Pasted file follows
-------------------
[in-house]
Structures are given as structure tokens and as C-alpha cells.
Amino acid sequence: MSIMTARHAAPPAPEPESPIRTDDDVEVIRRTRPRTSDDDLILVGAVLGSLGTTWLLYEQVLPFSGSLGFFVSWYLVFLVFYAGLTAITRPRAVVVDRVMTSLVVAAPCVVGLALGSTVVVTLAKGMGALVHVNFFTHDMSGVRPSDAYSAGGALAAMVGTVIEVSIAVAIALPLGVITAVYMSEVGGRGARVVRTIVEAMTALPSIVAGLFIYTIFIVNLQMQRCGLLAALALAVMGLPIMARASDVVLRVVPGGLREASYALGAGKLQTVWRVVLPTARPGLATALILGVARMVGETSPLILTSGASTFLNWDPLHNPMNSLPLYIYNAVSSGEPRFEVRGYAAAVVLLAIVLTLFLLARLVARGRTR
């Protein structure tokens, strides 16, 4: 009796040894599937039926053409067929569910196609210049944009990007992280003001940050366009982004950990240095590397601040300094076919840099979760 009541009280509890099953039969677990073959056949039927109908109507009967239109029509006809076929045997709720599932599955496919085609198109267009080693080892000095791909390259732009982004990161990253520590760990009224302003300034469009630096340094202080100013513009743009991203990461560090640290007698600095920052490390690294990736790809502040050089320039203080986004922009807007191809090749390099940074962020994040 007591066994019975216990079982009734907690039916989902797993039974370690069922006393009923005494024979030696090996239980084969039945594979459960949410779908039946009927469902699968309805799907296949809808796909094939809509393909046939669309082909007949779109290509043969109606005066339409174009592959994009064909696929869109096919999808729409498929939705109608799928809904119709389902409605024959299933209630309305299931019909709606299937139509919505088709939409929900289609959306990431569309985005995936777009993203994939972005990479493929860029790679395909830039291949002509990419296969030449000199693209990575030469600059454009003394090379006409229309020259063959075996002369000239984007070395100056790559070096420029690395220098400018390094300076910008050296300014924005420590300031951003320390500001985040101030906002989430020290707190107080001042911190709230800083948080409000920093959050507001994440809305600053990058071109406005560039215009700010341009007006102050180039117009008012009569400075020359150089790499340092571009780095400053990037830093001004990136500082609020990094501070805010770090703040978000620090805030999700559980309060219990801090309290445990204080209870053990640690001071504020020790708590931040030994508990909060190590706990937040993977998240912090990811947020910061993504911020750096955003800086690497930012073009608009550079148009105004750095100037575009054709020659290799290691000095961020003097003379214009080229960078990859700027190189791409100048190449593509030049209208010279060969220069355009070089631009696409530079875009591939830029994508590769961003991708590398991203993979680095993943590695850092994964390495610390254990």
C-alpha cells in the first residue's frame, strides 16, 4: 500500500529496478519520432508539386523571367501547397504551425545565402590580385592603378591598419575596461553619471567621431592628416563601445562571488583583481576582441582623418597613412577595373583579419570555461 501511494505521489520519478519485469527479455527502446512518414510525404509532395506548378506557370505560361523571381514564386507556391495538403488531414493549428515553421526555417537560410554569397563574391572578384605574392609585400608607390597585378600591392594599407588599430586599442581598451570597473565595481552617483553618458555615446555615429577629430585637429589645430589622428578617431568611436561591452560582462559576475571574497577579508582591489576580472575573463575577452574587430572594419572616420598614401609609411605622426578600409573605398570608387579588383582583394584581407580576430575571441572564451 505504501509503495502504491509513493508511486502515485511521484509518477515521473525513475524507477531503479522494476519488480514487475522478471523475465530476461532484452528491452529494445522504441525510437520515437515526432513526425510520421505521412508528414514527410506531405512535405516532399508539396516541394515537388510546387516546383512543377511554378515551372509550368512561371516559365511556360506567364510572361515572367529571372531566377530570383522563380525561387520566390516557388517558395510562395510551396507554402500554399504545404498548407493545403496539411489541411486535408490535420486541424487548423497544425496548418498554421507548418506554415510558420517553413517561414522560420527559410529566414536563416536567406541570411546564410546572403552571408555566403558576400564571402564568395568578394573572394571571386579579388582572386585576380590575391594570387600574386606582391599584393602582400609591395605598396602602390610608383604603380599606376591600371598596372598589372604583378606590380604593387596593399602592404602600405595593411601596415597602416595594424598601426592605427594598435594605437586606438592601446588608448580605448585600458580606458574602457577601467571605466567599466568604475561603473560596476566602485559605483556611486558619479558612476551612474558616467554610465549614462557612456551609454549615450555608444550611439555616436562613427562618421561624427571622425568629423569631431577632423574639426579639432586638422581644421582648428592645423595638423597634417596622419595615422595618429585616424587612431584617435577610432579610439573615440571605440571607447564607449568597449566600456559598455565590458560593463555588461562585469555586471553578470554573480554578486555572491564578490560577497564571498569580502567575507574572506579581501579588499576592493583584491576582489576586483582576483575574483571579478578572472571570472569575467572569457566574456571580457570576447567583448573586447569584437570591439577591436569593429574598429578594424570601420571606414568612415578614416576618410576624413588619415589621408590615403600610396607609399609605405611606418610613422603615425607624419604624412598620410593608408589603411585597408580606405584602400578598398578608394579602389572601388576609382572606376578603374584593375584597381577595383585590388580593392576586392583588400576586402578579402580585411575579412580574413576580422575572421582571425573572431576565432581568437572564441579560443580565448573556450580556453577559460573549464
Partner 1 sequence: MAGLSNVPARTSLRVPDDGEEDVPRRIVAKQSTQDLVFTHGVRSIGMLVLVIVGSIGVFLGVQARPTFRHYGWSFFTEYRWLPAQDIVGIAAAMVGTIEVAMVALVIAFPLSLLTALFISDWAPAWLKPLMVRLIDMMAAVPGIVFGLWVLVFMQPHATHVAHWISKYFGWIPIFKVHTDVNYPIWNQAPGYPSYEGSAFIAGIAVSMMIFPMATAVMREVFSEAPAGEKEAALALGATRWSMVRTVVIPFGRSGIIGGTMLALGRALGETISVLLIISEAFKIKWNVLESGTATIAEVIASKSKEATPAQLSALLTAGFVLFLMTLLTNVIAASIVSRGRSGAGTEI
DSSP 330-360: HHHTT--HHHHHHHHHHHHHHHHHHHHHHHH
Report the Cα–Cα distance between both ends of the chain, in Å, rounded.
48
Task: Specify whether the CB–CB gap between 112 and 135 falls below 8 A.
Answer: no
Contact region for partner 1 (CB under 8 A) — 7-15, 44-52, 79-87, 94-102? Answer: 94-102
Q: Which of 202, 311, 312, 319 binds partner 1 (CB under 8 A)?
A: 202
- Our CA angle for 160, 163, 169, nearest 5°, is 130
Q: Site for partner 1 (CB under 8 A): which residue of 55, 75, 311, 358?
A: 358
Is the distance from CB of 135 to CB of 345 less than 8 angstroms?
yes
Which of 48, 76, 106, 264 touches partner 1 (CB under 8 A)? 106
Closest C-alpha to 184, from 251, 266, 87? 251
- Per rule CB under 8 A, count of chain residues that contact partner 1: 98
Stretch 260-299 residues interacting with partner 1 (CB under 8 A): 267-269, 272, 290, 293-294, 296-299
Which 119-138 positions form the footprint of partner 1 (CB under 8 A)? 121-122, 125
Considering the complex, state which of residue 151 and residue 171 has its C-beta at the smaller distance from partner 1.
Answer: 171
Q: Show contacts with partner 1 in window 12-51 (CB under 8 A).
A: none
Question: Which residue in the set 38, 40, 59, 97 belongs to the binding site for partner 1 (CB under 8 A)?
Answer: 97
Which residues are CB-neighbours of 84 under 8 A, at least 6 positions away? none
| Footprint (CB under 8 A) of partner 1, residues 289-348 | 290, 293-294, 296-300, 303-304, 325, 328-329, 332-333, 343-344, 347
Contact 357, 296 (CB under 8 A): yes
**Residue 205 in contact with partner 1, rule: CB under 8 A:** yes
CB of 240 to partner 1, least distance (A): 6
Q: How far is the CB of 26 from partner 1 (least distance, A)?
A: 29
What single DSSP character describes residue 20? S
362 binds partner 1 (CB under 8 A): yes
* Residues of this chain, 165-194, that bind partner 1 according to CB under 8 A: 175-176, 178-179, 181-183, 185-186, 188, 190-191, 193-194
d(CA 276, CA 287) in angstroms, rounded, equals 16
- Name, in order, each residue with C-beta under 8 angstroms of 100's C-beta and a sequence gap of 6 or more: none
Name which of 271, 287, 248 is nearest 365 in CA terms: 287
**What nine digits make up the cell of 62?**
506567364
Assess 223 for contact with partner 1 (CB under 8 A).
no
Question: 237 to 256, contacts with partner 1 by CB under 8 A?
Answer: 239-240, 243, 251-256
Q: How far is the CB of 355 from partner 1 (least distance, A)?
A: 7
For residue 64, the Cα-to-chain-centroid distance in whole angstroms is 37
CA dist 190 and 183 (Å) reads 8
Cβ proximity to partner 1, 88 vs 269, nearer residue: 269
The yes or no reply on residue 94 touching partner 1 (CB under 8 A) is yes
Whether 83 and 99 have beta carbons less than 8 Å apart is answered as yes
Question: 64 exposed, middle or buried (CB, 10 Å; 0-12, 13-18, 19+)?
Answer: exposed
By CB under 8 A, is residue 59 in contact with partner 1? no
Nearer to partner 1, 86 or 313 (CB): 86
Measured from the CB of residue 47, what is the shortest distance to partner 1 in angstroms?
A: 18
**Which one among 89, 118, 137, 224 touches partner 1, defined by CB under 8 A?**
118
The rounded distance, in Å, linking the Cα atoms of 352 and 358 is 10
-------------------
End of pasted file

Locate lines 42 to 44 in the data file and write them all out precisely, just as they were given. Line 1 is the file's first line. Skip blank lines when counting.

- Name, in order, each residue with C-beta under 8 angstroms of 100's C-beta and a sequence gap of 6 or more: none
Name which of 271, 287, 248 is nearest 365 in CA terms: 287
**What nine digits make up the cell of 62?**